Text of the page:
The U.S. National Institute of Allergies and Infectious Diseases and the National Institute of Mental Health have a new research priority: inclusion of terminally ill persons living with HIV in HIV cure-related research. For example, the Last Gift is a clinical research study at the University of California San Diego for PLWHIV who have a terminal illness, with a prognosis of less than 6 months. As end-of-life HIV cure research is relatively new, the scientific community has a timely opportunity to (...) examine the related ethical challenges. Following an extensive review of the EOL and HIV cure research ethics literature, combined with deliberation from various stakeholders and our experience with the Last Gift study to date, we outline considerations to ensure that such research with terminally ill PLWHIV remains ethical, focusing on five topics: 1) protecting autonomy through informed consent, 2) avoiding exploitation and fostering altruism, 3) maintaining a favorable benefits/risks balance, 4) safeguarding against vulnerability through patient-participant centeredness, and 5) ensuring the acceptance of next-of-kin/loved ones and community stakeholders. EOL HIV cure-related research can be performed ethically and effectively by anticipating key issues that may arise. While not unique to the fields of EOL or HIV cure-related research, the considerations highlighted can help us support a new research approach. We must honor the lives of PLWHIV whose involvement in research can provide the knowledge needed to achieve the dream of making HIV infection curable. (shrink)
In Buddhism, Meditation and Free Will: A Theory of Mental Freedom , Rick Repetti explains how the dynamics of Buddhist meditation can result in a kind of metacognition and metavolitional control that exceeds what is required for free will and defeats the most powerful forms of free will skepticism. This article argues that although the Buddhist path requires and enhances the kind of mental and volitional control Repetti describes, the central dynamic of the path and meditation is better understood as (...) a process of habituation. This not only involves the dis‐identification from mental and emotional content that Repetti discusses—and is commonly emphasized in modern presentations of mindfulness or insight (vipassanā ) meditation—but also a transformation of the heart that is effected through the complementary psychological and somatic qualities associated with calm abiding (samatha ) and concentration (samādhi ) and emphasized in the Pali Nikāyas and commentaries. (shrink)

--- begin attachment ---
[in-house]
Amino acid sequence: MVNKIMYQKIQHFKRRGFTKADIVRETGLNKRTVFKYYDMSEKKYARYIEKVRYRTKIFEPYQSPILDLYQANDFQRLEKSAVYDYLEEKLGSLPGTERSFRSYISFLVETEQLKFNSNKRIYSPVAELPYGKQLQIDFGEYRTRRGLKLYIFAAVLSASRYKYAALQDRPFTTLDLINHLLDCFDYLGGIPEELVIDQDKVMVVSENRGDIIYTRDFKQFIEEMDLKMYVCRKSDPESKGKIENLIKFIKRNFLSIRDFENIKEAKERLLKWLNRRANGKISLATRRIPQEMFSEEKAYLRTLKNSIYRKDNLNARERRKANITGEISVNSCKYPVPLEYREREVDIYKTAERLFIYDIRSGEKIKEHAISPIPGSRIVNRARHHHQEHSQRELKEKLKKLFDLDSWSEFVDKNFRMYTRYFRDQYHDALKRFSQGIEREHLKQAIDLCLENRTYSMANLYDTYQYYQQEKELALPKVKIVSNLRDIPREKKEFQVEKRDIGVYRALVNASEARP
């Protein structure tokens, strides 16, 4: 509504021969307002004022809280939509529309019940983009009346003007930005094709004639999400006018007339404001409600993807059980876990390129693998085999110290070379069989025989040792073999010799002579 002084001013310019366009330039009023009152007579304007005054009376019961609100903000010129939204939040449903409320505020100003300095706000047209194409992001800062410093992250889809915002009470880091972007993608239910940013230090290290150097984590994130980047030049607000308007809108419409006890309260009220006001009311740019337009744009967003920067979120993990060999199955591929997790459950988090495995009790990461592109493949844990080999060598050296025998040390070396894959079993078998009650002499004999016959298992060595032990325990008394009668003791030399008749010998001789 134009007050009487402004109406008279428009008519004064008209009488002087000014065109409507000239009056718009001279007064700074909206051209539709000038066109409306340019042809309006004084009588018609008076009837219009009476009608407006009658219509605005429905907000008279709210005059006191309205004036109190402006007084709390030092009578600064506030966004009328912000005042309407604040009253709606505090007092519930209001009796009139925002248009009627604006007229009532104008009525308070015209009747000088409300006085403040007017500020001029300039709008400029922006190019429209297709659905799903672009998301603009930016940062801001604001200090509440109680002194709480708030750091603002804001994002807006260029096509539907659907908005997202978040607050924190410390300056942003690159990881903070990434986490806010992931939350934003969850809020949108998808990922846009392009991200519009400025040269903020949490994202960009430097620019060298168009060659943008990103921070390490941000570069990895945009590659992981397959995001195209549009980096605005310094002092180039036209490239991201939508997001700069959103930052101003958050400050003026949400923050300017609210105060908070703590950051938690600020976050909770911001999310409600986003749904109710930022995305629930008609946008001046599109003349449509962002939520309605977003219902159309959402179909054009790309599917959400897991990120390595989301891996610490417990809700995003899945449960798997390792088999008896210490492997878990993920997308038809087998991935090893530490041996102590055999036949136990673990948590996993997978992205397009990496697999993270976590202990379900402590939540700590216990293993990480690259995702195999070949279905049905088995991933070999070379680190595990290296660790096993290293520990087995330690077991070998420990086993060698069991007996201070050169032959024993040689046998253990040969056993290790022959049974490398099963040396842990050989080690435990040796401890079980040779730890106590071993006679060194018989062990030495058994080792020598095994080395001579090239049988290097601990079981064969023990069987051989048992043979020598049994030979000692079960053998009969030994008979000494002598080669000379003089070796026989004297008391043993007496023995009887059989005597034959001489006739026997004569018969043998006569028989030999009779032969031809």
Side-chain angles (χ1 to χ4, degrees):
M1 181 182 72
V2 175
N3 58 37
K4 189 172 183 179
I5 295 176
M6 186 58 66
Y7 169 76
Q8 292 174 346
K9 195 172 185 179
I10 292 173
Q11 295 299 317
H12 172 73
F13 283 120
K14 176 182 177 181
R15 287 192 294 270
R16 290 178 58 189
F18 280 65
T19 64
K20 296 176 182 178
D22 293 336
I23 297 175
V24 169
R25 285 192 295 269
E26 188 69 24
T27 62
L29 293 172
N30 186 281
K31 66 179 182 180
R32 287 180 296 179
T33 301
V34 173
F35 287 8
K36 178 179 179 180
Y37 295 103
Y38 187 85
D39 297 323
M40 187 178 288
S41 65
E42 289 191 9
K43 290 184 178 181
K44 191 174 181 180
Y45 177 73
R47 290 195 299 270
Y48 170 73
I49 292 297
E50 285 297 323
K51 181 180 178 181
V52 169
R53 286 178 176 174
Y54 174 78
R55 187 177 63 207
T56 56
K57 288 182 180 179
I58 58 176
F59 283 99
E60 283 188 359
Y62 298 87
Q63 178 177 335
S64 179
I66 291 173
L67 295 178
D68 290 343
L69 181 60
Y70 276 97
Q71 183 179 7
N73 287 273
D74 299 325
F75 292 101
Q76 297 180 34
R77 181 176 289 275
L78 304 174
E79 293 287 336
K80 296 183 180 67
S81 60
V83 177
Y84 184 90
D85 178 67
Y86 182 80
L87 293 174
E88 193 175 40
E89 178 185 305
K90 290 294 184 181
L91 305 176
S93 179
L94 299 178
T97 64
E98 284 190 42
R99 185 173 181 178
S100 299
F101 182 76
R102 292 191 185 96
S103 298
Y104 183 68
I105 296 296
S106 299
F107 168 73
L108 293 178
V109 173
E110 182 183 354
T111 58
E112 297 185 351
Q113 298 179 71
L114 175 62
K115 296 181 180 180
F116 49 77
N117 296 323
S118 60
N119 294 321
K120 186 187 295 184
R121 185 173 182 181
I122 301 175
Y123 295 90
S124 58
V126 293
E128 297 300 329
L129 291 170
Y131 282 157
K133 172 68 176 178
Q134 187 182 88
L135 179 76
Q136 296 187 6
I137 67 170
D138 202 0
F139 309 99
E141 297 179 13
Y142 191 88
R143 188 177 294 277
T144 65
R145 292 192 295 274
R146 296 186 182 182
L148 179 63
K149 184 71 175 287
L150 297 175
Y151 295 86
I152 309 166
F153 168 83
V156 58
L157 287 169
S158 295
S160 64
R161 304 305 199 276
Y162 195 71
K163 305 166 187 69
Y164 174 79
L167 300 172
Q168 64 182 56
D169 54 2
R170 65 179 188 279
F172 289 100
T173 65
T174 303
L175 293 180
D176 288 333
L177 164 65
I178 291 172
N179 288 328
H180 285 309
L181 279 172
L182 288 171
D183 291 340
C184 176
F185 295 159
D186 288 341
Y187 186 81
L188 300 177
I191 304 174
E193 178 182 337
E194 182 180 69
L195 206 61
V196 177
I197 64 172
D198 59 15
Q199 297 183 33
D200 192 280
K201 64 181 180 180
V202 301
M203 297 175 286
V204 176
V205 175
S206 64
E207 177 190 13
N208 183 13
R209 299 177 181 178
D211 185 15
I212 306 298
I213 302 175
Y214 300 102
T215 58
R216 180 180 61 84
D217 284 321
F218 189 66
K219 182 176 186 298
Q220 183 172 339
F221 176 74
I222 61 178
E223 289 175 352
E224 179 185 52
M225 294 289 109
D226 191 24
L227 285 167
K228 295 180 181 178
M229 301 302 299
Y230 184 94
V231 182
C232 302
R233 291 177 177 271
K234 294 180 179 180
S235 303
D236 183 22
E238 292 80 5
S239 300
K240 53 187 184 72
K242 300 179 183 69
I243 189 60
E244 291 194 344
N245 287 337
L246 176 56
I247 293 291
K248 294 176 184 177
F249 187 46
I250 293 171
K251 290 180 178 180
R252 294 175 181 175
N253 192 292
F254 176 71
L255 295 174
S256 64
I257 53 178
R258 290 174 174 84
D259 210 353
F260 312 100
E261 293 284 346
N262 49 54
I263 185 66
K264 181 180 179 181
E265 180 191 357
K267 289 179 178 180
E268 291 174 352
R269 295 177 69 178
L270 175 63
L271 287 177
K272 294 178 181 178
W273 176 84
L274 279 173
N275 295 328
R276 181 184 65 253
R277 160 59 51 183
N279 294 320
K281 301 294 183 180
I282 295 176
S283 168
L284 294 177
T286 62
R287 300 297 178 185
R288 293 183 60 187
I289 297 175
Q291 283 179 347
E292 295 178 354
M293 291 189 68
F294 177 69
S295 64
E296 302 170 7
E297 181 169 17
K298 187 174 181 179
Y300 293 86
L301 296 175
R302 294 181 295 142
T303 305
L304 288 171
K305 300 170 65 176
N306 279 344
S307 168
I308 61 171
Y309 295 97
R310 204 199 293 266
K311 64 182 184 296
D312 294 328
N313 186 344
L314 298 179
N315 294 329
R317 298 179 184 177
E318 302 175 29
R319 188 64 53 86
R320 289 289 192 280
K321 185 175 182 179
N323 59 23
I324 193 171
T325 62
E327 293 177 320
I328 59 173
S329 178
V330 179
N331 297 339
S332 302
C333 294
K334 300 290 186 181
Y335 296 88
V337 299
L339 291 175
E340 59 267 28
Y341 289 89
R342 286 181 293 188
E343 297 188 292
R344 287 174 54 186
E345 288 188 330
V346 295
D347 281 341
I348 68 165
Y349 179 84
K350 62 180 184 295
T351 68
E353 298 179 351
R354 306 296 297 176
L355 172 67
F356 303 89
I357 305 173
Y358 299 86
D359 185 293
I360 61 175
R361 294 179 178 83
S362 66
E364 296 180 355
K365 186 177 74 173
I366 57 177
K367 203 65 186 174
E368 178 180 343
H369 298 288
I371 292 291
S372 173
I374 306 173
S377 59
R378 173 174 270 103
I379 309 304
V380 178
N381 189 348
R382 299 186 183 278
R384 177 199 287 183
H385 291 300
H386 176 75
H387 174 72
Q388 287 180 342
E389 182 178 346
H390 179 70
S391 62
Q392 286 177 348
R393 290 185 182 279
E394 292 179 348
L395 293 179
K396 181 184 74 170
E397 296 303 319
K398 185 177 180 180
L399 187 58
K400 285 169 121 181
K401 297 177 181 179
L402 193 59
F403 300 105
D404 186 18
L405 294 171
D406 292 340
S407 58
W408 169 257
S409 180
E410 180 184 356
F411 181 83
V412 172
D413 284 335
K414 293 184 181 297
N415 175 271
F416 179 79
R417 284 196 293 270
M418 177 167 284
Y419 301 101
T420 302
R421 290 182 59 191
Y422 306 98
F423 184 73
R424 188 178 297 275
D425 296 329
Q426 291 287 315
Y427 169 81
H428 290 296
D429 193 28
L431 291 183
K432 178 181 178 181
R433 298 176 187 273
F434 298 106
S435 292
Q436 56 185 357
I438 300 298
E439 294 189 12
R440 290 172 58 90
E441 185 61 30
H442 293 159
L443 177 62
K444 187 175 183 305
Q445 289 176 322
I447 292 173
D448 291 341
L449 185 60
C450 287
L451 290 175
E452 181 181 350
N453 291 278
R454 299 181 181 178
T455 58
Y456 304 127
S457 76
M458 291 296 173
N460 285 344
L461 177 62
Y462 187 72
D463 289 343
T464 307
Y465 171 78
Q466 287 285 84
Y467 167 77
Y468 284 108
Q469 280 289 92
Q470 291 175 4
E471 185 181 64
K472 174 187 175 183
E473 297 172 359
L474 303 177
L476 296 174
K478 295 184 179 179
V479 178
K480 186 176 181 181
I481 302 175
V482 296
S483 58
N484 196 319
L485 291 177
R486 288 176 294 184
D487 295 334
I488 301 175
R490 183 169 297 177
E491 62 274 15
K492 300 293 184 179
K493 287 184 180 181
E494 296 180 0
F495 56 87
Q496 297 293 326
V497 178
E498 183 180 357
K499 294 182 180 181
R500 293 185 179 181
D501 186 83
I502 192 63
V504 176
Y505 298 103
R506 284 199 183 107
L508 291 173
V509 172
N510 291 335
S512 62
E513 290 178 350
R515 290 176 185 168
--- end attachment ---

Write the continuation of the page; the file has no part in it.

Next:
The use of black box algorithms in medicine has raised scholarly concerns due to their opaqueness and lack of trustworthiness. Concerns about potential bias, accountability and responsibility, patient autonomy and compromised trust transpire with black box algorithms. These worries connect epistemic concerns with normative issues. In this paper, we outline that black box algorithms are less problematic for epistemic reasons than many scholars seem to believe. By outlining that more transparency in algorithms is not always necessary, and by explaining that (...) computational processes are indeed methodologically opaque to humans, we argue that the reliability of algorithms provides reasons for trusting the outcomes of medical artificial intelligence. To this end, we explain how computational reliabilism, which does not require transparency and supports the reliability of algorithms, justifies the belief that results of medical AI are to be trusted. We also argue that several ethical concerns remain with black box algorithms, even when the results are trustworthy. Having justified knowledge from reliable indicators is, therefore, necessary but not sufficient for normatively justifying physicians to act. This means that deliberation about the results of reliable algorithms is required to find out what is a desirable action. Thus understood, we argue that such challenges should not dismiss the use of black box algorithms altogether but should inform the way in which these algorithms are designed and implemented. When physicians are trained to acquire the necessary skills and expertise, and collaborate with medical informatics and data scientists, black box algorithms can contribute to improving medical care. (shrink)